Quick! Name some industries that, in today’s economic recession, still make a fortune every year. The medical industry? Check. The insurance industry? Check. The legal industry? Check. No matter how low the Dow Jones Industrial Average falls, there will always be some types of businesses that make a killing off of sucking their many clients dry. But one of these industries that may not be immediately apparent to a high schooler – and especially a high school homeschooler – is the textbook industry.
Many students get their first glimpse of what it’s like to set fire to money by buying collections of colored paper for over one hundred dollars apiece. With neither myself nor my parents being millionaires, we’ve had to learn our way around buying textbooks through the two years I was dual-enrolled in a community college. We conquered the textbook economics beast and came out on top with some excellent pieces of advice.
Hell hath no fury like procrastinating, textbook-shopping college students. On the day before classes start, the textbook store at my community college is packed wall to wall. I can only imagine how it is at larger schools.
Other than crowds, there’s also the fact that as classes edge closer, the school stores can actually run out of the necessary textbooks, causing students to go “gosh-blastit!” and spend a week without their textbook as they wait for it to be shipped from Amazon.com. If you’re going to buy from a school or any other kind of textbook store, buy earlier than the very last moment.
If you can get your textbooks online, all the better. Often times they can be found on sale this way. Even though they’re still expensive, it’s better than buying them at a ridiculous price in-store.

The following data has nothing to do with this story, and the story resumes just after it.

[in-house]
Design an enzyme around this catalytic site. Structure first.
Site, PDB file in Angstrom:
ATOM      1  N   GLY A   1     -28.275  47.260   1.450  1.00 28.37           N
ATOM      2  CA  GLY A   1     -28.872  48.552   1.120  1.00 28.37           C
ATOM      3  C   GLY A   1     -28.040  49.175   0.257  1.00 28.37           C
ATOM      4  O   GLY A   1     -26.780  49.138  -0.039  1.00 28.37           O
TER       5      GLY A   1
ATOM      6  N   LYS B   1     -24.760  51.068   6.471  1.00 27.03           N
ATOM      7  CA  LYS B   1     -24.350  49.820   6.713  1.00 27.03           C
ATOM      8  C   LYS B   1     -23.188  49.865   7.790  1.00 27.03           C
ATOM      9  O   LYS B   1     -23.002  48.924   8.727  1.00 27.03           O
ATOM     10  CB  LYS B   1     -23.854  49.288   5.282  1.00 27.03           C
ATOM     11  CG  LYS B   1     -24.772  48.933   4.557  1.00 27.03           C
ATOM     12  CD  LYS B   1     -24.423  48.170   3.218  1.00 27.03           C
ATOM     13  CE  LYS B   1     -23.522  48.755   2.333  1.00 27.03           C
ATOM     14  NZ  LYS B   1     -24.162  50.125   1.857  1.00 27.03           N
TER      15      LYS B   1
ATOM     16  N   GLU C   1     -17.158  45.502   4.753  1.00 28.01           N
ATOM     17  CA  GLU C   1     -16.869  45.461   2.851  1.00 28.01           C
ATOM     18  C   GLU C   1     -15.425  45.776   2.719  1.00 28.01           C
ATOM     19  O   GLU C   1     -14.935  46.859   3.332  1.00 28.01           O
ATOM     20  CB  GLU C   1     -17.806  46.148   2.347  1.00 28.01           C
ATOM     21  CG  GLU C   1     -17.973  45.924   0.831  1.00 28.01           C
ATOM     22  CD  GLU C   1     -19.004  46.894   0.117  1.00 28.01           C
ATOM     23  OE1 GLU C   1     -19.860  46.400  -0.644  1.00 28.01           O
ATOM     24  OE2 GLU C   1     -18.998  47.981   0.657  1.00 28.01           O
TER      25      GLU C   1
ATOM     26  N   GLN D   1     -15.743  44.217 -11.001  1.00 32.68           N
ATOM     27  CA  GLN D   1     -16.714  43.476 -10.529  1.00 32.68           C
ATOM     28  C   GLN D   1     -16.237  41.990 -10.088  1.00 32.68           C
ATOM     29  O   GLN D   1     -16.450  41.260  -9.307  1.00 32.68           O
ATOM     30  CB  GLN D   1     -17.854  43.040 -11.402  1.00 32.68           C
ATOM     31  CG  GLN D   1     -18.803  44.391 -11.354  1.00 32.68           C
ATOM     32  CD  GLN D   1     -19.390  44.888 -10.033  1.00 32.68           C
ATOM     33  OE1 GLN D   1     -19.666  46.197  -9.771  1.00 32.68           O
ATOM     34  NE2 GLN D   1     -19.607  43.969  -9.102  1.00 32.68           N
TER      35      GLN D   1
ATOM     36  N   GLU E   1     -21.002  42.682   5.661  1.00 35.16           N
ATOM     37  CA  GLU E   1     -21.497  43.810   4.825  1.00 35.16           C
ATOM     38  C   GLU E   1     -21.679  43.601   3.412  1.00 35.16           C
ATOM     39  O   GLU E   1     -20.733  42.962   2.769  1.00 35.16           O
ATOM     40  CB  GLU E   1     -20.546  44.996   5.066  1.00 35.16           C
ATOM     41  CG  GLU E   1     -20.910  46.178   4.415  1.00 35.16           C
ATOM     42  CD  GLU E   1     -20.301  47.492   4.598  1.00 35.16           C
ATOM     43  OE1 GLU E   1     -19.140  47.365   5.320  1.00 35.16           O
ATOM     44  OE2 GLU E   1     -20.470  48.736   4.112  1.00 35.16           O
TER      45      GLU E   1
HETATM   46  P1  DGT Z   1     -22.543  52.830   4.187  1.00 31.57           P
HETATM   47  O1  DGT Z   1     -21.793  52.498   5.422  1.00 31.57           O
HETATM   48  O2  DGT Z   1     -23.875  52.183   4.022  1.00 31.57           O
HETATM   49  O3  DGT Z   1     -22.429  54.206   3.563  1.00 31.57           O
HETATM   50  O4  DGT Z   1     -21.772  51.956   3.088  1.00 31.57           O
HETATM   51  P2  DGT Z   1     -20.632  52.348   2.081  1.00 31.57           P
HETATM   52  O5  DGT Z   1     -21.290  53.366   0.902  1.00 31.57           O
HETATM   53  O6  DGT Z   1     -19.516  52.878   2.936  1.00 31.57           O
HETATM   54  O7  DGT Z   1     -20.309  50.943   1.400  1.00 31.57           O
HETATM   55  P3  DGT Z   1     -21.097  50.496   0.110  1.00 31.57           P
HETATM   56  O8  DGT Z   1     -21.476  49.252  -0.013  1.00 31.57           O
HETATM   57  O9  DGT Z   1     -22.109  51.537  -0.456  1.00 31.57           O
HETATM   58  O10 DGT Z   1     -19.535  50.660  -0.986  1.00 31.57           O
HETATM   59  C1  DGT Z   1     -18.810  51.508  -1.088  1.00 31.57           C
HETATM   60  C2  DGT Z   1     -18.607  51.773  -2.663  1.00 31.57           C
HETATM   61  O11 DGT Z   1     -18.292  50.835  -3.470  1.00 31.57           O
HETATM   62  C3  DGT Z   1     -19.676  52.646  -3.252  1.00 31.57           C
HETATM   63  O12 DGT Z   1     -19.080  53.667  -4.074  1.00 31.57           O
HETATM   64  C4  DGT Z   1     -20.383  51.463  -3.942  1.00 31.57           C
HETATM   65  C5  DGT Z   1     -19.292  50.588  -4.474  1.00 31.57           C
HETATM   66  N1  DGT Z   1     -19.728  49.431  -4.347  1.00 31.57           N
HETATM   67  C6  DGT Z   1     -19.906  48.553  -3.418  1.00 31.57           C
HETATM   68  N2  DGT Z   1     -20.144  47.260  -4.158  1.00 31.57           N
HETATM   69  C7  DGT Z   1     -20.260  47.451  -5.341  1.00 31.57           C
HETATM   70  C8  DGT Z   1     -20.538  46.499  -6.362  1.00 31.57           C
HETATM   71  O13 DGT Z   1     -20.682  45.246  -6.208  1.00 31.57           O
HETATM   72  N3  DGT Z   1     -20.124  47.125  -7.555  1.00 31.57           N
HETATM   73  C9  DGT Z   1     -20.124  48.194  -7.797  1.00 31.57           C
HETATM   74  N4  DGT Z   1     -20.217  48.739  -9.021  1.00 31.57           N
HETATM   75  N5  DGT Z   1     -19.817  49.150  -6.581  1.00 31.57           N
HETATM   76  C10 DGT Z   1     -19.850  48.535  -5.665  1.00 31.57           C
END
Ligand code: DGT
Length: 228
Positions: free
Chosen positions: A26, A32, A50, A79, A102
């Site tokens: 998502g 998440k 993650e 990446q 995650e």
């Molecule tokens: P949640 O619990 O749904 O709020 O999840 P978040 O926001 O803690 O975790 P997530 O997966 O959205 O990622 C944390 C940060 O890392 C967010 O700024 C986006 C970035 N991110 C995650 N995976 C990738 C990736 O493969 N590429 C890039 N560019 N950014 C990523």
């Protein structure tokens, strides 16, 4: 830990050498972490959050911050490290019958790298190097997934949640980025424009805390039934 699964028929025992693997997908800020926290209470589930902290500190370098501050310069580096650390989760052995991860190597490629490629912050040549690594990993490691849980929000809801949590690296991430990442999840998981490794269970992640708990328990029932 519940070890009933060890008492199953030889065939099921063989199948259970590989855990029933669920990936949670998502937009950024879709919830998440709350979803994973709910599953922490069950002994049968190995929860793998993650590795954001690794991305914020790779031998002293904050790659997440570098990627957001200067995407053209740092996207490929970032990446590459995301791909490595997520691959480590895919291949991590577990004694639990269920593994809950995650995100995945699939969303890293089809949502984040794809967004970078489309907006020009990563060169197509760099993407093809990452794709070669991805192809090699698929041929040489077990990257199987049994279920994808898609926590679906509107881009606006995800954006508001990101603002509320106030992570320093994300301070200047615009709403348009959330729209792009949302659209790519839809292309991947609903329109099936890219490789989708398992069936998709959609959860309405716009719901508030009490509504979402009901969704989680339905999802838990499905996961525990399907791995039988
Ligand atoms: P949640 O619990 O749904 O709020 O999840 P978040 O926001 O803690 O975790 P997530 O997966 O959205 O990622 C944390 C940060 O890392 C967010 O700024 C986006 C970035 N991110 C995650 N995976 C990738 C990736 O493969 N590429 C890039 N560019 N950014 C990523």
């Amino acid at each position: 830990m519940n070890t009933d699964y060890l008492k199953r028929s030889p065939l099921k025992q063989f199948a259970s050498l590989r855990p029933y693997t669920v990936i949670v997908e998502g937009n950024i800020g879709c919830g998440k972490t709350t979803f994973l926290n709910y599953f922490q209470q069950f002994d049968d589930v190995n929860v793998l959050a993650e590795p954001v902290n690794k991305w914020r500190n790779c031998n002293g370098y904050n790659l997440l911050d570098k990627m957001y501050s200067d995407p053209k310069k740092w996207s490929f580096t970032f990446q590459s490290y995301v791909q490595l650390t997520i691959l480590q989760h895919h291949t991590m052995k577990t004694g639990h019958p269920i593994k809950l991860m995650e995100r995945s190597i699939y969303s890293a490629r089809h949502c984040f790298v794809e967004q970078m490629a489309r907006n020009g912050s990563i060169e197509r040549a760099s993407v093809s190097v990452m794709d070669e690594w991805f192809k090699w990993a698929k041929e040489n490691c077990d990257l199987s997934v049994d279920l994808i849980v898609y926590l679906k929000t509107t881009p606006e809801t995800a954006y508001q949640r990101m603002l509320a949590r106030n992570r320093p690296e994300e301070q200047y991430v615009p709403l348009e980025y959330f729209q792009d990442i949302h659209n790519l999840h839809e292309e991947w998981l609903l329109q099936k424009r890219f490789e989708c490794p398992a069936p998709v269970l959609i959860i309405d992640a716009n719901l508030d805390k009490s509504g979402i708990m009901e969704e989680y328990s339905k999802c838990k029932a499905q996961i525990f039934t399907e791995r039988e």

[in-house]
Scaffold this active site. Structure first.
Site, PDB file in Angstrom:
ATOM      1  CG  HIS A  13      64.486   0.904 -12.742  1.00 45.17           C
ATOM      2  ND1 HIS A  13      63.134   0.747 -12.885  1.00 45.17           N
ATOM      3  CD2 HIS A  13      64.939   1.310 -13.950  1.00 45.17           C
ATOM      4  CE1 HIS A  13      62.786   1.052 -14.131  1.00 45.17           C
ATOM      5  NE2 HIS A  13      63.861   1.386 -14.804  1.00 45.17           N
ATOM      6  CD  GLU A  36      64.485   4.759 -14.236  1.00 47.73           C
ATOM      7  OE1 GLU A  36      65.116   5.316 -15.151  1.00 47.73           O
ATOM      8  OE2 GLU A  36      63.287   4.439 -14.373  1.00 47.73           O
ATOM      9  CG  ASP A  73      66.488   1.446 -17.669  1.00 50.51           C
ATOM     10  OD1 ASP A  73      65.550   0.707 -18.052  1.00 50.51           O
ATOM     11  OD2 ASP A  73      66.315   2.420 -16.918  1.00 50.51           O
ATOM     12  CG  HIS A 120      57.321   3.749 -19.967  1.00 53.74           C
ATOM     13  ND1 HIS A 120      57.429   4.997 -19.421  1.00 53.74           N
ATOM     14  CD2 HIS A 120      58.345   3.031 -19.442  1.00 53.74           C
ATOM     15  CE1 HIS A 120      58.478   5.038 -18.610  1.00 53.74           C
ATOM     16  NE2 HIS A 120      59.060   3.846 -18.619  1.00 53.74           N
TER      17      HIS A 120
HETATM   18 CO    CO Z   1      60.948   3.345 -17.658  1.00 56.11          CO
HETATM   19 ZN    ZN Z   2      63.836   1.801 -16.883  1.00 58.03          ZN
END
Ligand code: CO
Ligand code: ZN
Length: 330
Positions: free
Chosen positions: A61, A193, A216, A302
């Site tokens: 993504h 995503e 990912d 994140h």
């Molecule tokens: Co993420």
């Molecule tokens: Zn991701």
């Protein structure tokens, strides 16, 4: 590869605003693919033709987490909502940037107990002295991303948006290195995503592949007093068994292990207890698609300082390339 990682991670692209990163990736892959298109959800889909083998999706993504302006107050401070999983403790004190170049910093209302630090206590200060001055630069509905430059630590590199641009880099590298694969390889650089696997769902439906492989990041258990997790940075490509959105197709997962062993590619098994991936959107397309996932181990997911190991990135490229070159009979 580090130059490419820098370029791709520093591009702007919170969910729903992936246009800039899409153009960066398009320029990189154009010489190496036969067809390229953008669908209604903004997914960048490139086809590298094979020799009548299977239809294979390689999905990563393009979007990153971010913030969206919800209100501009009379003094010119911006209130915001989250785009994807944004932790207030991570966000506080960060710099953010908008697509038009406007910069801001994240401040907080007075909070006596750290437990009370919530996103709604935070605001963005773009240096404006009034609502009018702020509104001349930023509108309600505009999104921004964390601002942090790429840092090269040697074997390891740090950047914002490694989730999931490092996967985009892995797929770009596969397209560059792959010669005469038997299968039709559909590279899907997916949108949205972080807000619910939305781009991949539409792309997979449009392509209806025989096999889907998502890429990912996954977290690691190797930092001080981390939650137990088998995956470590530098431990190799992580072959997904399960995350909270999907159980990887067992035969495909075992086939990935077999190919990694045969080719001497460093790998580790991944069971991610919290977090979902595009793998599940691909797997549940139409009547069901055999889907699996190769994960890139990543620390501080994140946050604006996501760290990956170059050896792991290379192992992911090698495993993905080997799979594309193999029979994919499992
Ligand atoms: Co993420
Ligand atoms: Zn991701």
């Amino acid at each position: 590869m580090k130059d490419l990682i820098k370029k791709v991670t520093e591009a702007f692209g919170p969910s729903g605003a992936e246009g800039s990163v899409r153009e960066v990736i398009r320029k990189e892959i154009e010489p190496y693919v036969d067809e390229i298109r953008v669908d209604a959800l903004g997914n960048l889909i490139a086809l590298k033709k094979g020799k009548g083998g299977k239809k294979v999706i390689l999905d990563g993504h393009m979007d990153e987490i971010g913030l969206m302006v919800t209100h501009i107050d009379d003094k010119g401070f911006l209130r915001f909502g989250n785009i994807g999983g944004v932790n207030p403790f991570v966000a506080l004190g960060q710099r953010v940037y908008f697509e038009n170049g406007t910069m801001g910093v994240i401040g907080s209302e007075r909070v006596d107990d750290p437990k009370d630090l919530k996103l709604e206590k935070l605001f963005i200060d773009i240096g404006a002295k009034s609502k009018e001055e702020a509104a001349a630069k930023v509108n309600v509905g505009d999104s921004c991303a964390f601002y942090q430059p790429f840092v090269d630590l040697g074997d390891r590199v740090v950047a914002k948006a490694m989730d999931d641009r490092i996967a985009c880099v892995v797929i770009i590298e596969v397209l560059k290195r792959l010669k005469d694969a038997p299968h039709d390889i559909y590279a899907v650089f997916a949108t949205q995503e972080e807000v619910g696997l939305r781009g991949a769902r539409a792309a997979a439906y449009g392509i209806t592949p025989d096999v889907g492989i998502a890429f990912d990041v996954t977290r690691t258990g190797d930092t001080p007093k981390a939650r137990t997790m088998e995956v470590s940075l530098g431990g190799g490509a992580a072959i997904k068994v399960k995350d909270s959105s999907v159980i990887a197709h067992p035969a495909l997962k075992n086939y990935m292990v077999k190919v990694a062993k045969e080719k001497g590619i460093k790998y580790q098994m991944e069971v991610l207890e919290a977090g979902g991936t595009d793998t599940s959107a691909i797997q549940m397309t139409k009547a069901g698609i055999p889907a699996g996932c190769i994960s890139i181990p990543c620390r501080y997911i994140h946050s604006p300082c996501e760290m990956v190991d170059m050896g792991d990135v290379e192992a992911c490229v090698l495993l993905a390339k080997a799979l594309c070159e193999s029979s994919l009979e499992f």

Be careful, though: when buying online, you have to make sure to get the exact right edition of the textbook for your class. In-store books are usually the latest edition, but buying online will require a little extra fact checking. On top of that, make sure the textbook is in relatively usable condition. Many online stores indicate the condition of the item being sold.
I don’t want to sound like I’m advertising here, but you can save tremendous amounts of money by renting textbooks online rather than buying them. With this kind of service, you gain access textbooks for only as long as necessary. After the semester finishes, you can send them back.
Chegg is a great company for this, and they’ve allowed my family to save a lot of money on textbooks since we discovered them. The books are usually in great condition (at least before you’ve jostled them around your bags for a semester), and they even provide e-book versions for many of them. I recommend this service if you’re tight on funds or even if you’re not.
Now that I’ve shared my vast sea of ancient, hidden textbook-buying knowledge, you’re probably ready to go out into the (college) world and spend money on educational dead trees. Even if you’re not going to college within the next couple of years, a lot of this advice applies to any sort of vital school supplies. Keep it in mind and stay out of debt, kids!
With my son’s recent decision to attend the University of Mary Washington, now seems like a good time to brain dump on what we learned getting our first homeschooled kid into college.